(1) A correct pH value regulation between 7.2 and 7.6 with acids or by means of CO2 will be essential to guarantee the effectiveness of disinfection.
(2) To amplify the spectrum of disinfection, the use of UV is highly recommended in combination with either chlorine dosing or salt chlorination.
(3) Continuous measurement of pH and chlorine levels and an automatic regulation of these parameters is a must in public pools. Recommendation: Display the values to the users, so they are fully informed about the water’s quality.
Answer to Question number 2: Should the users be doing something else?
As in our daily life we recommend maintaining adequate personal hygiene. For example, if there may be a risk of having touched surfaces such as changing room benches, doors or knobs, it is advisable to wash your hands and / or sanitize them with disinfectant before entering the pool. We recommend bathers to always shower before and after swimming in the pool. It is also recommended to wash suits and bath towels, to eliminate all bacteria or viruses.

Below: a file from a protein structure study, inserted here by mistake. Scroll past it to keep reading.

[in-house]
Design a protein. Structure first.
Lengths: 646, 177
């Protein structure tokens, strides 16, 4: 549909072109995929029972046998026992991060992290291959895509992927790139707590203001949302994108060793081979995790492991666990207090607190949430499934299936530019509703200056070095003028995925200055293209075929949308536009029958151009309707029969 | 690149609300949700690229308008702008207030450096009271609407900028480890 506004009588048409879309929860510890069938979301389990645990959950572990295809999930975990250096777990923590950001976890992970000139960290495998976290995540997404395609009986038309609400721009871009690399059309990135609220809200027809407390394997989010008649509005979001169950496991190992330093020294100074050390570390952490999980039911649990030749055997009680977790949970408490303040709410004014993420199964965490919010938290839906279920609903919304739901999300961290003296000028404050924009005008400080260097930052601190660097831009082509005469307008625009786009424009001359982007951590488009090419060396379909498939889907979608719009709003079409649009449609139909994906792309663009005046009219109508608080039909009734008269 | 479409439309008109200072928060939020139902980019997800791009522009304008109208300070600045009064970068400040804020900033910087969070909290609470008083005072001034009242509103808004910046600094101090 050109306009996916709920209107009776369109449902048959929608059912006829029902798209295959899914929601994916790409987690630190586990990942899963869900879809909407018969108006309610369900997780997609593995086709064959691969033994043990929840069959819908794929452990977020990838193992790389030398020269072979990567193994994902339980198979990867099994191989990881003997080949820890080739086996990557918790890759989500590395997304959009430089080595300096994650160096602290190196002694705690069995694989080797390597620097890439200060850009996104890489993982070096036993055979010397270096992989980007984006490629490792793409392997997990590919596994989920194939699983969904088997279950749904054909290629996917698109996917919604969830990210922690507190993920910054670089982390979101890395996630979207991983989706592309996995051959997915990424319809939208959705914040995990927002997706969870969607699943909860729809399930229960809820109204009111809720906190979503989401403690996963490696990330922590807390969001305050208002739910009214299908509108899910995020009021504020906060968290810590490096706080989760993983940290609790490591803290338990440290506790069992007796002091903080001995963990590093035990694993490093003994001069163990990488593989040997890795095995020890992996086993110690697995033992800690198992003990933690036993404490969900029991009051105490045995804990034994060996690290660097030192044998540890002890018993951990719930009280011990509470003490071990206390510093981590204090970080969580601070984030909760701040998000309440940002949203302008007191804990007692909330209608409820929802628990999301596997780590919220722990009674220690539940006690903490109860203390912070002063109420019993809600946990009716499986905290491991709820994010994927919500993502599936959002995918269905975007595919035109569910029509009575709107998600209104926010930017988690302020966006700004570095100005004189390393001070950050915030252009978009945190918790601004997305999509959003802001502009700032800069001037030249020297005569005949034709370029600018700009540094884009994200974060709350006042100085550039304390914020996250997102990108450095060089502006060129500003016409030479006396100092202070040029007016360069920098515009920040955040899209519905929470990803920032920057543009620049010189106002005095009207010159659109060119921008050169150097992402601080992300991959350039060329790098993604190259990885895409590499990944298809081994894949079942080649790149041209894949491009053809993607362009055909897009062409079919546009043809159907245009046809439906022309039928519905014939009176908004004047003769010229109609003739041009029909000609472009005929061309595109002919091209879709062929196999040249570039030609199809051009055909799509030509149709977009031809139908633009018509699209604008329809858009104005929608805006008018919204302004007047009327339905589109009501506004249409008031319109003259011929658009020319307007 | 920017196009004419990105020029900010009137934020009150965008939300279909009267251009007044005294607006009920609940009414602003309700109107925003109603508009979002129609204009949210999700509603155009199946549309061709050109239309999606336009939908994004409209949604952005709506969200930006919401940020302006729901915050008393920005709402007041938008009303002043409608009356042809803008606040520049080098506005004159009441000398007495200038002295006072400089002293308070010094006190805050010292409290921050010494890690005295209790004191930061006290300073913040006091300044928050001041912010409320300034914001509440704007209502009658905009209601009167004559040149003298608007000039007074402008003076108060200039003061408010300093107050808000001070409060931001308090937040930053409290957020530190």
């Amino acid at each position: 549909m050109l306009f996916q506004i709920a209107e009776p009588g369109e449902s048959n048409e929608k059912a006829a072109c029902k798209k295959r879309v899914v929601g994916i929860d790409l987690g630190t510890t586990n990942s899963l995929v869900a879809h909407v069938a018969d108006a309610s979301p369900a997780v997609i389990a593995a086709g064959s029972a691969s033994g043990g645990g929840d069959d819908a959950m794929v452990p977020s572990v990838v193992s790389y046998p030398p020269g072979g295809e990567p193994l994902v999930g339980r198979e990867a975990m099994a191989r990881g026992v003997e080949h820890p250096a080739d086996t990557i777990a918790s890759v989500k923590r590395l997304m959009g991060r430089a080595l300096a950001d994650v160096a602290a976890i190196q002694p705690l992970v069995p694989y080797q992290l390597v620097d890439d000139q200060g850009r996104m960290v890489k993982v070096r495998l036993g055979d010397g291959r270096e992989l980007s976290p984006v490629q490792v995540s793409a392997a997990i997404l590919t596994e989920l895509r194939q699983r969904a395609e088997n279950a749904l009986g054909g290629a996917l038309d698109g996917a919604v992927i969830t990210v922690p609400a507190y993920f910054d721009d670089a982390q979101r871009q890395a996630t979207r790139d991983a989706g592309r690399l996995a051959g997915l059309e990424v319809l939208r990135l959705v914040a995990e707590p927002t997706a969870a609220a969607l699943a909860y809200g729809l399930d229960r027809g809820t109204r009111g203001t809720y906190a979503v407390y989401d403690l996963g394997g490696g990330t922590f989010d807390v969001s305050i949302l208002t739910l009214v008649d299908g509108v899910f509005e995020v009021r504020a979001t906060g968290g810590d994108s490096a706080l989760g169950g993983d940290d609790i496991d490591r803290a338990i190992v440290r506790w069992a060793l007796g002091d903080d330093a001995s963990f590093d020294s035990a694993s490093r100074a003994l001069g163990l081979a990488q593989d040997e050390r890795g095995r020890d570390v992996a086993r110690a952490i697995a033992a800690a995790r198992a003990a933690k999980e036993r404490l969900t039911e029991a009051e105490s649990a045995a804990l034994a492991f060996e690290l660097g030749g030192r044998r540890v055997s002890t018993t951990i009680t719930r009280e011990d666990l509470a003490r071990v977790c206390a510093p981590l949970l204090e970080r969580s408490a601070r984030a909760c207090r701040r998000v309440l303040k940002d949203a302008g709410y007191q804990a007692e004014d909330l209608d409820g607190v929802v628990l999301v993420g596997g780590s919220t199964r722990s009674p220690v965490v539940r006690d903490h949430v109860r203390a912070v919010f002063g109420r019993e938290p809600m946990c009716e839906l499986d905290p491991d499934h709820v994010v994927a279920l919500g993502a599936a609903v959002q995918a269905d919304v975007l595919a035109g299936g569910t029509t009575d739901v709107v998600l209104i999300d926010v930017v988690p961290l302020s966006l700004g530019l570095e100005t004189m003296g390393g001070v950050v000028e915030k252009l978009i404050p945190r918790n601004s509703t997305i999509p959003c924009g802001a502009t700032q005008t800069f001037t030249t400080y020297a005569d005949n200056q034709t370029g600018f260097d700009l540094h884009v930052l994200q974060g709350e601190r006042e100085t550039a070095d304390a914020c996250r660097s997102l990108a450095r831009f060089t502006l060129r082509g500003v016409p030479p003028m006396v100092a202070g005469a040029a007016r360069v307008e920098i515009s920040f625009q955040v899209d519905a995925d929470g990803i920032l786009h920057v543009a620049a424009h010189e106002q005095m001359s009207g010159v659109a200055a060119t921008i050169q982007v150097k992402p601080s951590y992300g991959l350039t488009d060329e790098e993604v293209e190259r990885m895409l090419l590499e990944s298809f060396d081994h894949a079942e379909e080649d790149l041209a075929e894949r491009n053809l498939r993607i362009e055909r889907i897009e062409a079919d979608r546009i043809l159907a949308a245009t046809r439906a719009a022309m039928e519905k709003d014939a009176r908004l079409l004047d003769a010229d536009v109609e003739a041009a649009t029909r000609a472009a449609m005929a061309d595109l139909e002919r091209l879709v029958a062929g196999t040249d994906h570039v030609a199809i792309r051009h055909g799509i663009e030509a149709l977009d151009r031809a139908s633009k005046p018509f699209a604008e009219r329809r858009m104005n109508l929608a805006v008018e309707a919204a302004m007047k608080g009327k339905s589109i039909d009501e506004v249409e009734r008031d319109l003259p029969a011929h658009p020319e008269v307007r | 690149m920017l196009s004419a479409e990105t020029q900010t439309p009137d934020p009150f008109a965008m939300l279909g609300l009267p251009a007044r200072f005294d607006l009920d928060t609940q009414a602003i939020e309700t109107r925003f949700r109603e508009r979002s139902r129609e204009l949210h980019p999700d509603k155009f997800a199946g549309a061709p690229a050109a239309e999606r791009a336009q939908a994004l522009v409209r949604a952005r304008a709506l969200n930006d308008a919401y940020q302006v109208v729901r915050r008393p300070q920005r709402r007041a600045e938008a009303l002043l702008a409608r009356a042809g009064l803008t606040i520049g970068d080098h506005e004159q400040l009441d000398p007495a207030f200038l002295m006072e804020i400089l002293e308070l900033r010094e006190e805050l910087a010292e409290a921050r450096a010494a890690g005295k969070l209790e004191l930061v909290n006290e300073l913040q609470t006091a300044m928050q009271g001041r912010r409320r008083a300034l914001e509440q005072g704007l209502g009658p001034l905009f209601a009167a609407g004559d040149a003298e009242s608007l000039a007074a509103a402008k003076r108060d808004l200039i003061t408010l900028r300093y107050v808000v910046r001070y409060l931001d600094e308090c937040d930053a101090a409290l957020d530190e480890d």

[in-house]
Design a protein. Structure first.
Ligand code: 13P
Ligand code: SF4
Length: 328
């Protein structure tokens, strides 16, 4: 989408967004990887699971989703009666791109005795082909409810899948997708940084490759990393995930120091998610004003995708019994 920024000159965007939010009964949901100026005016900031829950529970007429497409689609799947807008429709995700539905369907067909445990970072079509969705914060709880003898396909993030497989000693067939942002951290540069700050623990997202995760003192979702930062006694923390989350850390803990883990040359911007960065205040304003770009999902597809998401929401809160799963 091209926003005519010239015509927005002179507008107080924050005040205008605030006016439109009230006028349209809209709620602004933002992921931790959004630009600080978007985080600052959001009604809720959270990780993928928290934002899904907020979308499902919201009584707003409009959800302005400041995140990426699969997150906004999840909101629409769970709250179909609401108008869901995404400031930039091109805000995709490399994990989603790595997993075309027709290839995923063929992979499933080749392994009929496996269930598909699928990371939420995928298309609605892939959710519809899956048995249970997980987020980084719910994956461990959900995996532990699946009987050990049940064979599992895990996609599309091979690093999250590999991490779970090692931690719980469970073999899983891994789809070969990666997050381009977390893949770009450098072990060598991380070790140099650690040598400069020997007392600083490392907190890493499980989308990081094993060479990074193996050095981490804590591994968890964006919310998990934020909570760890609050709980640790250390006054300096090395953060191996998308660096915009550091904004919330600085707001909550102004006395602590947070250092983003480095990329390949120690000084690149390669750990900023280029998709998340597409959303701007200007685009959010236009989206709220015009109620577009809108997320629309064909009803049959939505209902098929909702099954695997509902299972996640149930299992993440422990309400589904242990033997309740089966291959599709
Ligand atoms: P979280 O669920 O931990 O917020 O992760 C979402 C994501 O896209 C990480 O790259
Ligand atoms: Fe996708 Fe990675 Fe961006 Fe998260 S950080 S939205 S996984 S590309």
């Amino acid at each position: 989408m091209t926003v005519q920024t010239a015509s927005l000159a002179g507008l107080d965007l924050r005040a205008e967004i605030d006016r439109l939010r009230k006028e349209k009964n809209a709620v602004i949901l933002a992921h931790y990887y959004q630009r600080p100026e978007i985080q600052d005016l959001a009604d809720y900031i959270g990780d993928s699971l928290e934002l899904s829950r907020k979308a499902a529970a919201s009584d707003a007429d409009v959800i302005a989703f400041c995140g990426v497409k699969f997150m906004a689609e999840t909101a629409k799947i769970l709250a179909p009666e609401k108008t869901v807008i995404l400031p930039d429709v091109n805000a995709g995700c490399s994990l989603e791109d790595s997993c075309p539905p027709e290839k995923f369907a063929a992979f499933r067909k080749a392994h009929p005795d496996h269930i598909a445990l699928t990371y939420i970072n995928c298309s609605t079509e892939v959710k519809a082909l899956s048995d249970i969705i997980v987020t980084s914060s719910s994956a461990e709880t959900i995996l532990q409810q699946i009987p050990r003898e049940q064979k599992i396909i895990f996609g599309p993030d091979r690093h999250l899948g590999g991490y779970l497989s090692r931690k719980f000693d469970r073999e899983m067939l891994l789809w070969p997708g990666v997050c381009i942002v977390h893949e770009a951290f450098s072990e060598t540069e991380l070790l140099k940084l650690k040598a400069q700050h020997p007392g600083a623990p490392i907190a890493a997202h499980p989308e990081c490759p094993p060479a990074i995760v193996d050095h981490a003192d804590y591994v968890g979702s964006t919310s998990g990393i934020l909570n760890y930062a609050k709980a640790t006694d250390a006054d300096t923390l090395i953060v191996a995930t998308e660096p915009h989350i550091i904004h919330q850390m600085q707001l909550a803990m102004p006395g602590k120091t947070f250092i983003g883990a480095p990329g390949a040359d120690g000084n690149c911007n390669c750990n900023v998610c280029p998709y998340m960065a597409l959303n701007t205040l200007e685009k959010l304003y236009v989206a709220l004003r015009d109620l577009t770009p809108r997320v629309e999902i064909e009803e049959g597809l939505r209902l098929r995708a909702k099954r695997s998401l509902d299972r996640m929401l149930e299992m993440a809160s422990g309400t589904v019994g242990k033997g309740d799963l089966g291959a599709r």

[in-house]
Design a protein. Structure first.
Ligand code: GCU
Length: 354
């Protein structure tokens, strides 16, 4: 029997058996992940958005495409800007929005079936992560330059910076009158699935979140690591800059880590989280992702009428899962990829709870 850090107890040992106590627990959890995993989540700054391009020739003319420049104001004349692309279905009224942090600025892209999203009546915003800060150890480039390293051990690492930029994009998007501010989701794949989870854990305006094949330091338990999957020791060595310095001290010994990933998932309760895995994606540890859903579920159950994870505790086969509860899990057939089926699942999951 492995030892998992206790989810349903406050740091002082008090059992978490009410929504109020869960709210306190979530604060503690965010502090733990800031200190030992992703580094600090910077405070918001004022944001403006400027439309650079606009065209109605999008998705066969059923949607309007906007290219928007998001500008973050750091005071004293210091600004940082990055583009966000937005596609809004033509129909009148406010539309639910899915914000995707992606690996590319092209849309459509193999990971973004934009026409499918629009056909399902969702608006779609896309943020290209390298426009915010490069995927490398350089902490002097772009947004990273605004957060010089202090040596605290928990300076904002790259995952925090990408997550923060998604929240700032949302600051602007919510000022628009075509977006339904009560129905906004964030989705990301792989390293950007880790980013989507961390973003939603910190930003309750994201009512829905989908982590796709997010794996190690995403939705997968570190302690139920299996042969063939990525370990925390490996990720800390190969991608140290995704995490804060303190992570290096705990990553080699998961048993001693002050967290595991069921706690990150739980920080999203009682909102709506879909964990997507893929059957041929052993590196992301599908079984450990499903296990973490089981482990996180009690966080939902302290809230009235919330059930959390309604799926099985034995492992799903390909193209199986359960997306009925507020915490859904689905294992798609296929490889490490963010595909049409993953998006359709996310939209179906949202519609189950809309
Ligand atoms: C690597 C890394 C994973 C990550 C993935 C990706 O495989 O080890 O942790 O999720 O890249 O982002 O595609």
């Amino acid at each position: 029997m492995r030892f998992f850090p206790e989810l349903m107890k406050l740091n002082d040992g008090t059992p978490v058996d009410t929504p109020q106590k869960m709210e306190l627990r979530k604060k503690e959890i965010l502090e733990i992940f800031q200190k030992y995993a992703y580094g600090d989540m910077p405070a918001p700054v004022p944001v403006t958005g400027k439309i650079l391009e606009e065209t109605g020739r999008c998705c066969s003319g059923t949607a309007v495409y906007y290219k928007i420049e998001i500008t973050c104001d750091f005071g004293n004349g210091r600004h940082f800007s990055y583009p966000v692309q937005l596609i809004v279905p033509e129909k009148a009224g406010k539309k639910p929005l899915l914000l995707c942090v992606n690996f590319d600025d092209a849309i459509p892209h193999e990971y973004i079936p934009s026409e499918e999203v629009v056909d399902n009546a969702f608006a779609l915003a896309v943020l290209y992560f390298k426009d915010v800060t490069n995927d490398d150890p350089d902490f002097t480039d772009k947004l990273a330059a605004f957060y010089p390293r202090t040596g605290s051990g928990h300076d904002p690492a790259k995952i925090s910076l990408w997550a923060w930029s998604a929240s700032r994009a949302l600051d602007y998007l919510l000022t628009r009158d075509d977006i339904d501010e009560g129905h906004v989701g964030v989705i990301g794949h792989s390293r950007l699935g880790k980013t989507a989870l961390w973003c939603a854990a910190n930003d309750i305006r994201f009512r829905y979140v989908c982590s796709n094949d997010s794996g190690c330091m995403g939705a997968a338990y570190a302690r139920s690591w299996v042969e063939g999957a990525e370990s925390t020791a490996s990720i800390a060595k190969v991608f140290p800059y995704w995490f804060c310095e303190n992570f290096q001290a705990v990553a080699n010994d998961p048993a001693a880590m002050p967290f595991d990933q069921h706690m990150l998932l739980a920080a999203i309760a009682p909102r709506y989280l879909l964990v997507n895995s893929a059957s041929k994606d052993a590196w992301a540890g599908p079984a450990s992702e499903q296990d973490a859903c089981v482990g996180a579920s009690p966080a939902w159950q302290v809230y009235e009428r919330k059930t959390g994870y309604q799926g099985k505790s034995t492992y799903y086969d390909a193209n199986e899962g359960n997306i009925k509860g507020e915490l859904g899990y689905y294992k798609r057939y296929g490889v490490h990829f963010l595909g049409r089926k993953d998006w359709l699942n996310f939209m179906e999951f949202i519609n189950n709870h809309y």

In addition to the pool water, it is recommended to keep the surrounding areas of the pool disinfected, as well as its equipment, such as showers, ladders, etc. applying products specially indicated for this use.
- Guidelines for the quality of drinking water, fourth edition, which incorporates the first addendum. Geneva, World Health Organization; 2017 ( http://apps.who.int/iris/bitstream/10665/254637/1/9789241549950-eng.pdf, accessed 3 March 2020 )
- Water, sanitation, hygiene and waste management for COVID-19. Technical report. March 19, 2020. ( https://www.who.int/publications-detail/water-sanitation-hygiene-and-waste-management-for-covid-19 )
- PWTAG Code of Practice for Swimming Pool Water – 2016 Updated to reflect requirements for health and safety management in swimming pools (HSG179) jimbutterworth.co.uk/2pwtag.pdf
- https://www.wef.org/news-hub/wef-news/the-water-professionals-guide-to-the-2019-novel-coronavirus/ accessed 2 March 2020